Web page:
Jaboukie Young-White, On Online Activism, Black Twitter Not Getting Credit and Mental Health

If you’ve seen a creative and funny tweets about depression, pineapple on pizza or the bourgeoise it was probably done by the hilarious Jaboukie Young-White. The 22-year-old “URL/IRL” comedian hails from Chicago, Illinois and is one of many people that has found their footing by using social media as another platform for comedy.

  1. You’ve gained quite the following after your pineapple pizza tweet which amassed a load of RT’s. Did you ever anticipate for your comedic career to skyrocket in following as it has since then?

Nah, I definitely never expected this. I always imagined my career taking a slow burn, like at least 3–5 more years of me doing open mics, tweeting, hustling, etc until something happened. The first “””exposure””” I got online was actually after a few of my Instagram posts went viral late 2016. But the pineapple pizza tweet(s) is truly one of my greatest contributions in the realm of art and human activism.

2. What made you want to pursue comedy? Was it simply by chance or did you always have a way with making jokes?

I became obsessed with comedy at a really young age. About like 9. I never really felt like I really fit in anywhere as a kid, so I was drawn to the immediate sense of community that laughter can create. I did speech and theater in high school and got enough positive feedback to the point I was like “huh. I guess I could really do this.”

3. With the current political and racial climate, how do you think it has changed your jokes or created new material to work with?

I’ve always gravitated toward political/social humor so the current climate definitely gave me a lot to work with. The way I write has definitely changed though. Before I felt I was writing political/social commentary with the goal of changing minds but I think that’s futile now. After the election it felt like everyone drew a hard line in the sand between alt-right vs. republican vs. liberal vs. leftist etc. etc. People have their political opinions made up and there’s not much you can say to change their mind. Now most of my material is just sharing my personal experiences and letting that speak for itself.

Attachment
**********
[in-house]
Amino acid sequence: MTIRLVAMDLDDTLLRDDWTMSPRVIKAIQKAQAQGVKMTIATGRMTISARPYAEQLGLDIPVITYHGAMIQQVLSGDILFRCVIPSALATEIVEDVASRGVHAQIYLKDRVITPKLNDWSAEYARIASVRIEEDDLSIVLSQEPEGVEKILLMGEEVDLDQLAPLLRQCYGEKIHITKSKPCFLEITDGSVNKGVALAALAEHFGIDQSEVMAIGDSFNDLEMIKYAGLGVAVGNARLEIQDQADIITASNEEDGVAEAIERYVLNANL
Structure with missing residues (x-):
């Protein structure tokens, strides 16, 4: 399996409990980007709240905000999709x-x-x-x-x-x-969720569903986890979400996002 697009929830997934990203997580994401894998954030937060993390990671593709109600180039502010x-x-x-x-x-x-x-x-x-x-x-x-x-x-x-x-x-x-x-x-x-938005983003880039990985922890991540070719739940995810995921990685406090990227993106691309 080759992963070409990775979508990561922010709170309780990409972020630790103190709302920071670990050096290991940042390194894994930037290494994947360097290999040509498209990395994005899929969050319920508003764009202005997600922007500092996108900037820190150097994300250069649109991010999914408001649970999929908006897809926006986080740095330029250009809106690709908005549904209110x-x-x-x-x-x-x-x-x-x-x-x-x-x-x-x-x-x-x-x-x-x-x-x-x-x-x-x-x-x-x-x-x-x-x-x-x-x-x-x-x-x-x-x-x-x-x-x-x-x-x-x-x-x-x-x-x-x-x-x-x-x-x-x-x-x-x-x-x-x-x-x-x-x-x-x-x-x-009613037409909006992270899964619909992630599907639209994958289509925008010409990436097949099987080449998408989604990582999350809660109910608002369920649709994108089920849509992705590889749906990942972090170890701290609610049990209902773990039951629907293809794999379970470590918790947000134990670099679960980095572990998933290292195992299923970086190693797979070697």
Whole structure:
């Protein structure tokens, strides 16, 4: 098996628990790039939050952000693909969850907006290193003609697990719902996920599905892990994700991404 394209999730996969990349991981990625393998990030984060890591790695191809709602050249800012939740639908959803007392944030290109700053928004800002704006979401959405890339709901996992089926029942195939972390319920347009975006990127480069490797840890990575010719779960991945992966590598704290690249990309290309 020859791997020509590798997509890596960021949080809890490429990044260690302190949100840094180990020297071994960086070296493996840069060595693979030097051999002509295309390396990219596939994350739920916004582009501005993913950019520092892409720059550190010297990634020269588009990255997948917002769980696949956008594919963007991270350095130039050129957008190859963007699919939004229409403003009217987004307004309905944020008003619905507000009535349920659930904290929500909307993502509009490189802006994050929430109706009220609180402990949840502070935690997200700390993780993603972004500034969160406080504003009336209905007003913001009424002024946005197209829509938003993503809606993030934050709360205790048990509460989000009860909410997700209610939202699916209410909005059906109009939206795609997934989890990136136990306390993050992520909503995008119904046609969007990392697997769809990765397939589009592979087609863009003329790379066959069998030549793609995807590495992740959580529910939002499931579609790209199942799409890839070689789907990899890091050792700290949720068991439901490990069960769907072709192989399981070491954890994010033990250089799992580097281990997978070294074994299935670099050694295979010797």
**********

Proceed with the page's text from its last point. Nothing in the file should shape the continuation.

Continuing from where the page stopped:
4. I’ve noticed you tend to make jokes about depression and mental health which is very common among mentally ill youth online. How do you deal with the reaction of people say we can’t joke about this and do you ever feel like sometimes people who aren’t mentally ill take jokes from people suffering from MI’s as an okay for them to do it themselves?

I’m going to joke about my experiences. That’s just how I process things. For me, the greatest part about people joking about their specific experiences with their mental illness or neuroticisms is the feeling of recognizing yourself in other people. Maria Bamford is The Queen of this. It just makes you feel like less of an anomaly. Like, I still think about this post and laugh to myself, at least once a week.

Shutting down jokes about mental illness is also shutting down a growing dialogue about mental illness. I think this stems from wanting to keep people experiencing mental illness on the fringes of society. This way no one has to think about them or confront the fact that anyone could struggle with mental illness at some point. People want to preserve this extremely dramatized version of mental illness that we’ve been shown in the media. Like, if you were “actually” mentally ill, you wouldn’t be able to laugh. Or be clever. Or be likeable. It’s waning, but there’s still a sense that mental illness is supposed to totally ruin your life or you’re not actually mentally ill. A lot of these jokes are coming from high functioning people who paint a nuanced picture of what it’s like to live with mental illness. That’s important. It wasn’t happening in writer’s rooms, it wasn’t happening in classrooms, so it’s happening online.

I used to seethe at the fact that people would post mental illness content if they weren’t mentally ill. But then I realized, who the fuck am I to make that assumption? Like, am I going to demand that they show me their SSRI script? DM their antipsychotics? Yeah, some posts seem inauthentic. And yes, romanticizing and conflating mild existential angst with the reality of managing mental illness through professional therapy and/or medication is problematic. But what am I going to do? There’s so much going on right now that I don’t have the energy to call people out. As long as you’re not hurting anyone or bashing pineapple on pizza, post whatever you want.

5. From your tweets, I can see you’re a fellow anti-capitalist and you base a lot of jokes on the proletariat and bourgeoisie. Does that come from a personal struggle with capitalism or is it more of something you’ve noticed due to twitter?